Music always has a connection. Traditional dulcimer traces its roots to the southern Appalachian Mountains. The Great Smoky Mountains is a beautiful part of this range and is noted as one of the great temperate rainforests of our country. And there is the connection.
My fourth graders were studying tropical rainforests, learning about the climate, ecology and indigenous people there. But what designates a rainforest is rainfall, and I thought I’d bring the curriculum a little closer to home.
In introducing the lap dulcimer to my students, there was US geography to impart, distances to calculate, and of course the basics of the dulcimer. In a short period, everyone learned to hold and strum the instrument, play a tune and even invent harmony to go along with it. And then they surprised me. They asked if they could write their own music. I was struck at that moment that we all want to incorporate our passions into the curriculum.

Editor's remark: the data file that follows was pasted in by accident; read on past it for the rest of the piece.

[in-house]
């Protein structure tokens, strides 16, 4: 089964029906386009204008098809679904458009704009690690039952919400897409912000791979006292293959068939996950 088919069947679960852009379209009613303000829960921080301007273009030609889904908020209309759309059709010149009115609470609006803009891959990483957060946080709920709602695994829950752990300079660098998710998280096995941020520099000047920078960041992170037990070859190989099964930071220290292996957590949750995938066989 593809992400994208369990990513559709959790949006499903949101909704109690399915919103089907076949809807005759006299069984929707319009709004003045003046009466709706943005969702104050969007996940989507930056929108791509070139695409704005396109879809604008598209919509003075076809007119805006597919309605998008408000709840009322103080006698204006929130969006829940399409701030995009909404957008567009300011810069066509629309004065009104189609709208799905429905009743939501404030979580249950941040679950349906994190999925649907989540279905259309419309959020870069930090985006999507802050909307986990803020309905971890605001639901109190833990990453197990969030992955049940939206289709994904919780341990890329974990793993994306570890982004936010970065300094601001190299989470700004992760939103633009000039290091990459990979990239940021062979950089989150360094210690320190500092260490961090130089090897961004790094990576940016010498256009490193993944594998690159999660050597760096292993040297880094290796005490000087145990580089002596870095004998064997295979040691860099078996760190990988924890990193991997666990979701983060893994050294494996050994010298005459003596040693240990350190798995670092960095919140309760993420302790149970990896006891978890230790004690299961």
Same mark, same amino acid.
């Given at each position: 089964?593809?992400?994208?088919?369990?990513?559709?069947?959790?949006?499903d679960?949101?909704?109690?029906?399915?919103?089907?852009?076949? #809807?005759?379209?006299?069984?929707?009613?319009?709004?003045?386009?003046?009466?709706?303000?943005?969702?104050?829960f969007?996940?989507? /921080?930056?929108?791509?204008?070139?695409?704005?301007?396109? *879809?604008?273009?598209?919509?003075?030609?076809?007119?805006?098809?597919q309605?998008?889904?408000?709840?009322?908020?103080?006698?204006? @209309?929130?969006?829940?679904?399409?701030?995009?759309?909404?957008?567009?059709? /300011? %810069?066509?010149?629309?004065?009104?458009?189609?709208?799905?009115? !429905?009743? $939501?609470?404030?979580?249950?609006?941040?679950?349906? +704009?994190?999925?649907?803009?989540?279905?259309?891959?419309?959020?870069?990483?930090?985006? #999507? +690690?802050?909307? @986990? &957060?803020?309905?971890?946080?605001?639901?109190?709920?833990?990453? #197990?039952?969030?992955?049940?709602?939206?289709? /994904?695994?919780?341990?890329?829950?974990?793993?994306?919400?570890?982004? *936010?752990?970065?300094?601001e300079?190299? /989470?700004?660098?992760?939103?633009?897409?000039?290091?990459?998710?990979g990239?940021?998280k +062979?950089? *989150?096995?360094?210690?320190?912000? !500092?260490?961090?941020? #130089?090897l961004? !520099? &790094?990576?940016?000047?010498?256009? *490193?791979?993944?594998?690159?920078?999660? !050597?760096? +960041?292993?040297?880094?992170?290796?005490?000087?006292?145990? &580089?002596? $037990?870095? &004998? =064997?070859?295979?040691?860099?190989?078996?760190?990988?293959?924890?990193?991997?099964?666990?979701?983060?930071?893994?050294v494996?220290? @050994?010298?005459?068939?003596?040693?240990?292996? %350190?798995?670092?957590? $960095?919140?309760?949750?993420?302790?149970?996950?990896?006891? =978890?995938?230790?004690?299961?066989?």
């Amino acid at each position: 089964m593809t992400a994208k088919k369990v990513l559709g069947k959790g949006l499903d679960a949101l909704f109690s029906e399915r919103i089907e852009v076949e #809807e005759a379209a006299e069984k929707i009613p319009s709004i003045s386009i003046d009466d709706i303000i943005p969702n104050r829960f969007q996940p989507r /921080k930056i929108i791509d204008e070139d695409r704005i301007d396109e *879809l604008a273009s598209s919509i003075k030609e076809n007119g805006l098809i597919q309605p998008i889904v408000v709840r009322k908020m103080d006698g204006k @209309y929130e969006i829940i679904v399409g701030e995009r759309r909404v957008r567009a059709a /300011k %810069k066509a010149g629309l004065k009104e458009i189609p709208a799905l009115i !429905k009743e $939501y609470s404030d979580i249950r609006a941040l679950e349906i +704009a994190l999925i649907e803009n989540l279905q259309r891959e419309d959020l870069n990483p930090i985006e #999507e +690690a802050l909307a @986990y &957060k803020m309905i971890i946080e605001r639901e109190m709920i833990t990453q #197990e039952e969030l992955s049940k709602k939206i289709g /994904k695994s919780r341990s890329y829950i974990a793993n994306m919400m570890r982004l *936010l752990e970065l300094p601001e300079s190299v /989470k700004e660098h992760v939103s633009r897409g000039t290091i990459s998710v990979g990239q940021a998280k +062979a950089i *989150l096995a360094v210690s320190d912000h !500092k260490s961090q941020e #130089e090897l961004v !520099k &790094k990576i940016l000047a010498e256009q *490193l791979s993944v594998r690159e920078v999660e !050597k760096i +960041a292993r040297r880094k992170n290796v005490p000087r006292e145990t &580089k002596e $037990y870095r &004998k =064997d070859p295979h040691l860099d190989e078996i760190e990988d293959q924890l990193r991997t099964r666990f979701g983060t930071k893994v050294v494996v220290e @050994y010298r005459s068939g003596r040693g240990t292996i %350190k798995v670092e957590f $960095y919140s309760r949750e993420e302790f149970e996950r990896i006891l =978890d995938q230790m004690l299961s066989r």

With that realization, I decided to offer a workshop at the 2014 Capital Area Progressive Schools Conference entitled, “Incorporating Your Passions.” Before recreating my lesson for participants, I had them record their own passions. Once we began, participants loved working with the instrument, making music together and sharing their skills. Their final reflections noted connections to social studies, math and the arts and they were able to express ways they, too, could take their own passions and weave them into the work at their own schools.
And so the ability to make connections continues…